and everything went smoothly until
they reached Newnrk.
While driving through Morris ave
nue, that city, their automobile struck
Charlotte Aper. nine years old, of 342
Warren street, The girl was taken to
the City Hospital suffering from n
slight concussion of the hraln und
Dr. nnd Mrs. Miller were ordered to
drive to the Second precinct station,
where It was learned that tho physi
cian did not have a driver's license.
A chnrgo of driving a car without a
license was then ordered.
Acting Judge Oehrlng directed Dr.
Miller to furnish $50 security for his
nppenrnnco In court next Tuesday
morning, and as the physician nnd his
bride were unable to produce that
amount tho car, which Is u new one
was held In lieu of ball.
MAYOR DAVISON'S SON HURT.
Hfil nnnk Incentive Had Been In.
Jurrd Himself In Anln I'raali.
Itr.n m.Nic, X. J Nov. 16. Mlsfortuno
continues to follow the family of Mayor
elect A. I,. Davison. A few weeks before
tils election Mr. nnd Mrs. Davison and
son Harold were seriously inlurert In
an automobile accident when a tourlnlS
car. the Identity of which was never!
estnuilsheil. collided with the Davison
car near Freehold and sneil on. Icm.-i,,,.
Vo.uVTv "m0?, h?dly
" ,m roatlwuy. Mr. Davlsoti
ot"", ,,,. of the brain ami
; lnJl"'"s Hp received ihe news
r ,llH 'l,ptln lo tlio Mayoralty In tho
l-ong nrnncli Hospital. His wife stts-
u waH bruised nnd cut.
i, , u w llp hna to ri'lurn to
hosp nl for reiitmont
H.W IJJAHO SENATfVR
"'" ,r" " '"v Hawlpy lo
'I W. II, llejlinra.
' "" V(,v. IB.- -Judge Kr'.
lnml IVrl' "f Holm wan appointed
! '''V:" s".1' "".(r here late i.(.ly
' ' " "'' SUCCC"" ''It
r nuthorl.ed slalc.nont ilov . w - Seldom have a Cold.
I'")' nays he ahundoneil tlm nil.,, i
"lKn ,u,' !'"ve himself uppolnied, !,,.!
S Hi S
BROTHER OF JUDGE PARKER
Governor Says Work of Board
Compensates for "Unjust"
Albaxv, Nov. 18. Gov,
pointed Fred Parker of Es
. ... n .
Oiz has ap-
Esopus, a brother
of Alton B. Parker, as n member of the
State Hospital Commission to fill tha
vacancy caused by the elevation of Her
bert P. Bissell to the Supreme Court,
bench. If the State Senate confirms
Mr. Parker's appointment in January
he will serve until December 31. 1016.
term oxpires Decembor3l, 11)14.
1 Gov. Dix to-night gavo out t ho fellow,
t ing statement regarding Mr. Pai ,.c. .
1 wish to ay in connection wi h i'ii.
i pla" 'llal -f- IMrkvr ill bring In V.
P'',Vc,,lnr1n,,l hnportant -ervicea tra'.Mr-i
Bhllity and ripe experience in MitciMia uinT
'he Inw properties which make
Prlant a factor In this depirnneii
retirement of .Mr. Hi-ell and Die atinu J
retirement of Col. .Sanger with the e pi
lion of my term as (iovernor Mill Jr.vc lejj.
pter in constructive reform In lh.ii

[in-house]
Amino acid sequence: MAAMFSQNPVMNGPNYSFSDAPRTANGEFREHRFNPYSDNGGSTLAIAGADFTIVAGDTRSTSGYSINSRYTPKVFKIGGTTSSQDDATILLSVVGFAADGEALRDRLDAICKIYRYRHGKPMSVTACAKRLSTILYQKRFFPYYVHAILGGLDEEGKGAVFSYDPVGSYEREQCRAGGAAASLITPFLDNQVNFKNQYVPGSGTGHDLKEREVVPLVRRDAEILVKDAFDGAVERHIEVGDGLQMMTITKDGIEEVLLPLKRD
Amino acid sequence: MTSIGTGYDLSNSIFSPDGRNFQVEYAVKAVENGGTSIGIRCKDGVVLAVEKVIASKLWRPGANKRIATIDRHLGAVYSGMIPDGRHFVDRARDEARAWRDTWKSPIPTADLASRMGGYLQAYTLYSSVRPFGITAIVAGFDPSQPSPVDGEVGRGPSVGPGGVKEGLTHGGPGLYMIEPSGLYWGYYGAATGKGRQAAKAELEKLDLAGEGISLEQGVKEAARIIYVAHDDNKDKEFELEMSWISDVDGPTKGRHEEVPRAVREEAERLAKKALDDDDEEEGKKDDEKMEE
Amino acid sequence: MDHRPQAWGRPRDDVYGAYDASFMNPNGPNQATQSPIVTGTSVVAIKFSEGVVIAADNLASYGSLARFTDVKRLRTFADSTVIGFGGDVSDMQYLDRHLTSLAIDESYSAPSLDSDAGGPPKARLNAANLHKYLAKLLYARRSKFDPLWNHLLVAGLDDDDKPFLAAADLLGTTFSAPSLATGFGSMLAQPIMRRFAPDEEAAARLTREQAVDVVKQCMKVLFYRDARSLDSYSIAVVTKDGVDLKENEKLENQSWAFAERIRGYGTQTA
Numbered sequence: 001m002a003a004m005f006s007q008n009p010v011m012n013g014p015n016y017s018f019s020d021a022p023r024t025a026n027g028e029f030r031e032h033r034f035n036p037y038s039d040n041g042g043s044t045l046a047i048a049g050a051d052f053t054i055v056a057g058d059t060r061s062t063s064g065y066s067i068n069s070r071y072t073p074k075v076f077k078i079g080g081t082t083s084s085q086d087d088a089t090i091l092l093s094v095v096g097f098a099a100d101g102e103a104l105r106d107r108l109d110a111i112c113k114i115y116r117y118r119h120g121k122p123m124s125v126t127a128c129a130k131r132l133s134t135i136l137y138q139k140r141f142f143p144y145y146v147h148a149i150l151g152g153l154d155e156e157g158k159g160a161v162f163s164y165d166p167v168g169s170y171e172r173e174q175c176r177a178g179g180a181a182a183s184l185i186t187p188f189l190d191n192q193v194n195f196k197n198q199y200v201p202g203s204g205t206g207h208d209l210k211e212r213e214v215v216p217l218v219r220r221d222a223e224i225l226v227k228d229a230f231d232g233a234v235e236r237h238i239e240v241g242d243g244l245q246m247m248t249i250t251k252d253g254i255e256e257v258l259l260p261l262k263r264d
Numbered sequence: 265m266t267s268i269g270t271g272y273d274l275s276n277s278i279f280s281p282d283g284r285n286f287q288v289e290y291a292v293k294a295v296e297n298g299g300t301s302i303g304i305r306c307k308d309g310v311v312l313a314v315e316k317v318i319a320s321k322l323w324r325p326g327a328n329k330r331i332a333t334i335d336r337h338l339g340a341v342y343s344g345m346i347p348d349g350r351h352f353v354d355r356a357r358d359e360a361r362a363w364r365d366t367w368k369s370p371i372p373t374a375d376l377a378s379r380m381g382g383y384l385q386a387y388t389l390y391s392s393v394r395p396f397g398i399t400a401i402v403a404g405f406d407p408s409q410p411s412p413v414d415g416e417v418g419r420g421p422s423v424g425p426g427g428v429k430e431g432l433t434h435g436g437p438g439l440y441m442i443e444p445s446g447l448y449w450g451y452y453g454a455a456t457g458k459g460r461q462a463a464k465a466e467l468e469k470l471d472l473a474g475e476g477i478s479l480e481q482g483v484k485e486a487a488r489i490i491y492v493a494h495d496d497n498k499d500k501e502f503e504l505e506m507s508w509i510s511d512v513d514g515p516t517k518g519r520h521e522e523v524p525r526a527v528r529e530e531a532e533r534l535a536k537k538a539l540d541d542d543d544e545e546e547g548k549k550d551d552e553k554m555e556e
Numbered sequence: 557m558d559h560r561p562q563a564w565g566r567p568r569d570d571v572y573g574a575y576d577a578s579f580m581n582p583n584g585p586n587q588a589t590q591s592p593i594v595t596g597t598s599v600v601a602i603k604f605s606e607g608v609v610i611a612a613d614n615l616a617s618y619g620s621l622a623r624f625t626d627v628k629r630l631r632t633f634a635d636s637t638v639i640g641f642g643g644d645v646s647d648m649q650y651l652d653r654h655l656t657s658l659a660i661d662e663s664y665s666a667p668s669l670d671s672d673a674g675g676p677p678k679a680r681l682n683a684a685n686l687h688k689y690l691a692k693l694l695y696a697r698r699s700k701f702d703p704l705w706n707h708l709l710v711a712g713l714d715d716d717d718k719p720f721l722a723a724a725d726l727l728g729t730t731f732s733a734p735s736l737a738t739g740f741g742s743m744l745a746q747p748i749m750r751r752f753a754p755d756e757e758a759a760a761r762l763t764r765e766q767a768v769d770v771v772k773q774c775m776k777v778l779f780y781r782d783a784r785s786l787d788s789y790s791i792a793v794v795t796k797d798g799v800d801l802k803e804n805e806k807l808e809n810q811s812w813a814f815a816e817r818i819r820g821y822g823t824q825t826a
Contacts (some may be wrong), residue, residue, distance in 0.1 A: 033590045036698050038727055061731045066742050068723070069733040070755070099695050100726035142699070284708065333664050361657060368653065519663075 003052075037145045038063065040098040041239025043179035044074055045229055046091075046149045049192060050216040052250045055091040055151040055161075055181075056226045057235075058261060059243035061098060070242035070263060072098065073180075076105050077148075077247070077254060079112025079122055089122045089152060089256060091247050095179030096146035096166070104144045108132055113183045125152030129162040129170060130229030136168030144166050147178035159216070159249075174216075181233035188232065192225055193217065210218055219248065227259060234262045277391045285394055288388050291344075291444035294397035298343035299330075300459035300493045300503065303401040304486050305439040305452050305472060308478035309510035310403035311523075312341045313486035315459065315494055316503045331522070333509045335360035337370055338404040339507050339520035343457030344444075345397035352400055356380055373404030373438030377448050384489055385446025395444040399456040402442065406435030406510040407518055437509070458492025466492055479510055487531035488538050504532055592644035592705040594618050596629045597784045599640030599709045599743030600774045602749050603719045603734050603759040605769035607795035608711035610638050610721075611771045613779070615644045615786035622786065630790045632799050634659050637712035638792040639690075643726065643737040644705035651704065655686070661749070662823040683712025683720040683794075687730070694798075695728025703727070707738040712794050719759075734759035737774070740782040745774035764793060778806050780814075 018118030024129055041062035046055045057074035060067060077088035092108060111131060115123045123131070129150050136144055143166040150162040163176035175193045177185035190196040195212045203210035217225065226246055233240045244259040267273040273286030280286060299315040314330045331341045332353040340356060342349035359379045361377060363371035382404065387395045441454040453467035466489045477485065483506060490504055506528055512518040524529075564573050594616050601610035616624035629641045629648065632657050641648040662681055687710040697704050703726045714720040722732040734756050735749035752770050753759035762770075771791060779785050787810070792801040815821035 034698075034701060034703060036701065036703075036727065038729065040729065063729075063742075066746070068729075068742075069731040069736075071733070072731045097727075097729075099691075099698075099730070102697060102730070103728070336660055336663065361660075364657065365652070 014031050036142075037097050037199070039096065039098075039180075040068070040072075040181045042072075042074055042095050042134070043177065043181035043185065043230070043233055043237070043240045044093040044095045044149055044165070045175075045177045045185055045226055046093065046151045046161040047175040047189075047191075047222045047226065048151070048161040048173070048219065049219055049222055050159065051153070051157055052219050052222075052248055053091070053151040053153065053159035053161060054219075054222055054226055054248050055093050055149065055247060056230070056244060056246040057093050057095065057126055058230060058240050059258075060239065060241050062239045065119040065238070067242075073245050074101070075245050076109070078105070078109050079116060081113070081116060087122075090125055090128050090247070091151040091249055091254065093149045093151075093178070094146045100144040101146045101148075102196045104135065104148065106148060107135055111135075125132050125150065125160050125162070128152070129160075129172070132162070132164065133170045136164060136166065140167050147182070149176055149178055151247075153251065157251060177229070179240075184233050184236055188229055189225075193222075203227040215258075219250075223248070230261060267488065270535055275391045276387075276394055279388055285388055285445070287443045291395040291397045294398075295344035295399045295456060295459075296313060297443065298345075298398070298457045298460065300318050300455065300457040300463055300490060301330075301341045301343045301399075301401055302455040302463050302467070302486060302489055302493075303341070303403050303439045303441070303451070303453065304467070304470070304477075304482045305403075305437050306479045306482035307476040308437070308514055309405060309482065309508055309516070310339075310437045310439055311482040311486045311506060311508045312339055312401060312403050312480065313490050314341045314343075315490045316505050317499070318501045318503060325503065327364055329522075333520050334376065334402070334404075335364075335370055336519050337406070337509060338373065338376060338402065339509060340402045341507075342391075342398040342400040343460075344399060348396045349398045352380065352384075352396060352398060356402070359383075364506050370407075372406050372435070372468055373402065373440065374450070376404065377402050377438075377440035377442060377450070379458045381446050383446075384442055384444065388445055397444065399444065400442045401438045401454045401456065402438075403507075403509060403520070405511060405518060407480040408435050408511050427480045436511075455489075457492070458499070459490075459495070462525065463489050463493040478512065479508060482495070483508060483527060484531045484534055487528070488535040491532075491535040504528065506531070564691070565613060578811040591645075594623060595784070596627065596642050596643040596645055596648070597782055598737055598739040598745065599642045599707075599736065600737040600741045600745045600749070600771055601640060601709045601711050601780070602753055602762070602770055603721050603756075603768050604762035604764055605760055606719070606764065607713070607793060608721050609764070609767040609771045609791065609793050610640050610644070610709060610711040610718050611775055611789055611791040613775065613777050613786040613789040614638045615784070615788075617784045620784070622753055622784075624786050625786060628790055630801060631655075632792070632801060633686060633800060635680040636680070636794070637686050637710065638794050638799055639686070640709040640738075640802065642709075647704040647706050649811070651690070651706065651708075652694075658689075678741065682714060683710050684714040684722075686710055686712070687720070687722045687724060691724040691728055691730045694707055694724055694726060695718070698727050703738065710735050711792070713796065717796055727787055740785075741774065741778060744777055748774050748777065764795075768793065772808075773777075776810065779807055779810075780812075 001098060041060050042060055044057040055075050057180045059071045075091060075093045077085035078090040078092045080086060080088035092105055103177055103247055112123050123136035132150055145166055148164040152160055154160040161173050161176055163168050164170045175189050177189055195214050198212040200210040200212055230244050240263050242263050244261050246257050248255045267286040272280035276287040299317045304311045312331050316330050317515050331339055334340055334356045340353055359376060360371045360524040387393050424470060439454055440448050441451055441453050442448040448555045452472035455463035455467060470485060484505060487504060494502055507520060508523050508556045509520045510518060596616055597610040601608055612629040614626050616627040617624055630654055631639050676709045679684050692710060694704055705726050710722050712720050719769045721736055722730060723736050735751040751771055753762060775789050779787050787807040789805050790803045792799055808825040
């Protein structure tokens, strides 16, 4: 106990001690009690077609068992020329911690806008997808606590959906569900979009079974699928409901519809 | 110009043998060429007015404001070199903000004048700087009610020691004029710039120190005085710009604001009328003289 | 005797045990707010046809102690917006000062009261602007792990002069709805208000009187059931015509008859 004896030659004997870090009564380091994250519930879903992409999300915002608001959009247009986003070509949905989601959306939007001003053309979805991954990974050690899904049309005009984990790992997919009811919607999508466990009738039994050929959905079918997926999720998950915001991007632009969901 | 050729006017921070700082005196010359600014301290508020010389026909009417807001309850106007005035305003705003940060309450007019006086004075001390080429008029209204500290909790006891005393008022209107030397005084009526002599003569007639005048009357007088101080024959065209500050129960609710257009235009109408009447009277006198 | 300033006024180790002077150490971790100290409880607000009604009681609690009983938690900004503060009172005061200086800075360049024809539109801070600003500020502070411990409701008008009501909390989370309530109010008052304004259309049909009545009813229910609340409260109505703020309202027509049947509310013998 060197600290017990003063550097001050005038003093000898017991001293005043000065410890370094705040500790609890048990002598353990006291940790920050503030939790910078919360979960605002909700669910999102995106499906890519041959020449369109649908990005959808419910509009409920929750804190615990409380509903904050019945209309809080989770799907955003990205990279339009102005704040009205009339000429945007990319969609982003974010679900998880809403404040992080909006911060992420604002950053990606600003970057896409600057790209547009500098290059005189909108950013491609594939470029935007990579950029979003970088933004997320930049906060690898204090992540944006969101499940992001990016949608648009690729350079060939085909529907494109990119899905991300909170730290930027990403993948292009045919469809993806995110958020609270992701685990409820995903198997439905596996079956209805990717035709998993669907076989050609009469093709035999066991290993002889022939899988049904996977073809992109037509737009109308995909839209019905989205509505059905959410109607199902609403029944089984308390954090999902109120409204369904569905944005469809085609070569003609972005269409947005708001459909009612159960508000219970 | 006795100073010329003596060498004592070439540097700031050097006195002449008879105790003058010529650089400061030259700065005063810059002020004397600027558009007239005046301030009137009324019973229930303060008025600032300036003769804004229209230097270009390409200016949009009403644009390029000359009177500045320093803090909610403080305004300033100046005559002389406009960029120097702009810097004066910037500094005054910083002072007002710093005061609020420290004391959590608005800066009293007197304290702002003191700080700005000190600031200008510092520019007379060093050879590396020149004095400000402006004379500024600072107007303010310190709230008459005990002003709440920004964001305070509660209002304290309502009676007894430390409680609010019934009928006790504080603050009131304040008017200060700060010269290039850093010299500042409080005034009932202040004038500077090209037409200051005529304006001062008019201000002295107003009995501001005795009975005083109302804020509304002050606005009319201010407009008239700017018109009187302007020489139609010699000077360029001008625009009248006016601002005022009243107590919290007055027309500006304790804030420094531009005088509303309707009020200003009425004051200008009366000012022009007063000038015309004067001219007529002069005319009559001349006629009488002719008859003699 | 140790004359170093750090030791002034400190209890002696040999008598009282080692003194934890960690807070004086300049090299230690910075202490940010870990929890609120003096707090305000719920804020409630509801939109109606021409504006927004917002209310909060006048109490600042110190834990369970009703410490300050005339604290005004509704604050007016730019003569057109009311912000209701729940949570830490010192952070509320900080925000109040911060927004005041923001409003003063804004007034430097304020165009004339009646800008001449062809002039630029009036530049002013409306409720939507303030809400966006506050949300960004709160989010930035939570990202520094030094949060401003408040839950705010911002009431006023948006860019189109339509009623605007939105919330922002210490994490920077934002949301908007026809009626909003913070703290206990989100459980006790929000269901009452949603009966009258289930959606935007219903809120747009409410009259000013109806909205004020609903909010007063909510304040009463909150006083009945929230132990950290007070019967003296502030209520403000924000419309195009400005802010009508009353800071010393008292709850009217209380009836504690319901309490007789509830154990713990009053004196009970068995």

administration which has been iiiloii,
pllshrd in un orderly, dignified and forcifyl
, There are In our Slate Institution, to-ilay
h.nmles. and the appropriations
necessury lo carry on this great won.
atiiouut to fH,8.'.0,(nrfi, a sum equal to thai
devoted to extending educational advan
tages throush our publlo schools and
1 can only add that the nccompdshnlc'nt
In this one department, which has had nijr
earnest cooperation and much of my time
and thought, compensates for the unjust
clamor of Ihe uninformed public mind,
PROGRESSIVES GO IT ALONE,
.Make Formal Severance From H
pnhllrana In New Jersey.
Trkntox, X. J.. Nov. 19. If ther
remained a bond of friendship between
tho Progressive and Republican parties
in Now Jersey it was officially severed
to-day when the Bull Moose leader met
hero to doviso plans for effecting a per
manent organization of their party.
F.x-Gov. John Frankin Fort said that
treachery of supposed Progressives who
were playing in with the Republicans for
selfish reasons had robbod "ihe Progres
sives of at least three Congressmen and
ono State Senator. Had tho Progressives
who voted for Itoosevelt supported the
local legislative ticket he, said the Pro
gressives would have had at least twenty
of tho sixty Assemblymen in the State.
It was decided to establish permanent
headquarters and to organize Progressive
clubs and leagues embracing every city
jn tho State. Four women participated
in the conference 1
.Needlework Oalld'a Collection.
The New York city branch of the Needle
work Uulld of America will make Its collec
tion of garments for distribution smonc
the oor at tho beginning of the week ol
November li to 22 at the Metropolitan
Ufe Insurance Building, room lOMt, I)ur
ln the twenty-one years or its etisteiue
.Sit .1 l?-rLbrulul1 or th0 society has dls
trlouted :07,M)o garments among outttolna
patients In hospitals through the various
charitahlo organizations of New York ami
through private channels.
ll is not when the baly f hot nu'f trAre it
is coolinp that it is vwtt susceptible
Don't sit around after exercising
to cool off, change your moist
underclothing nt once.
Don't stop on the street corner
to talk with a friend; keep moving.
Don't fail to throw a wrap
around your shoulders after danc
ing; use care.
Don't fail to keen "S eventv-
scven" handy nnd take a dose at
the first chill or shiver
A Small vial of nlcac.anf nellof!.
a ... .i. . . . . .
ins uic vest nockei. At
Druggist 25c. or mailed.
I ;i,"tJl,hvit''"0,l2C0' "ollctoe Co.. 1M WJUlata
11., New orlc, AdTrtlnient.